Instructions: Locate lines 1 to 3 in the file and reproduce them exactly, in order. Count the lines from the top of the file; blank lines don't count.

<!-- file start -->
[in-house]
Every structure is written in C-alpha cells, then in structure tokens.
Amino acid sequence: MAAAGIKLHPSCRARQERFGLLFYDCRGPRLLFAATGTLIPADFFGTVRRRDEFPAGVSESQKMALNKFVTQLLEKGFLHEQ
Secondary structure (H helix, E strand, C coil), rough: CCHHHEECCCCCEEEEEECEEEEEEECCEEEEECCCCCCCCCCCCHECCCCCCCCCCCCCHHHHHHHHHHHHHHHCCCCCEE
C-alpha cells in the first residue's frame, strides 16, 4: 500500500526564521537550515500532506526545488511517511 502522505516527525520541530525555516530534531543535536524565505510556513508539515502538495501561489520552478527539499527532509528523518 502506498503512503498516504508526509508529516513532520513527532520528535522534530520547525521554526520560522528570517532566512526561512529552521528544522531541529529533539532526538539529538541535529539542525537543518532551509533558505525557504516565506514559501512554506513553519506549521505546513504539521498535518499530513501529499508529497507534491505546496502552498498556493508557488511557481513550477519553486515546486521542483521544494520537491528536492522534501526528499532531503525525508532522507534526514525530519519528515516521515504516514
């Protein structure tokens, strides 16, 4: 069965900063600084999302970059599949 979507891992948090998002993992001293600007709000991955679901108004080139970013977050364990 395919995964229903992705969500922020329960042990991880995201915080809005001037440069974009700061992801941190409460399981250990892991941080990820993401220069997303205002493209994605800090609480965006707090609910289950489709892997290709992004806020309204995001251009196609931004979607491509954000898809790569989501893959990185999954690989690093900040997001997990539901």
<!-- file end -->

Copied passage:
[in-house]
Every structure is written in C-alpha cells, then in structure tokens.
Amino acid sequence: MAAAGIKLHPSCRARQERFGLLFYDCRGPRLLFAATGTLIPADFFGTVRRRDEFPAGVSESQKMALNKFVTQLLEKGFLHEQ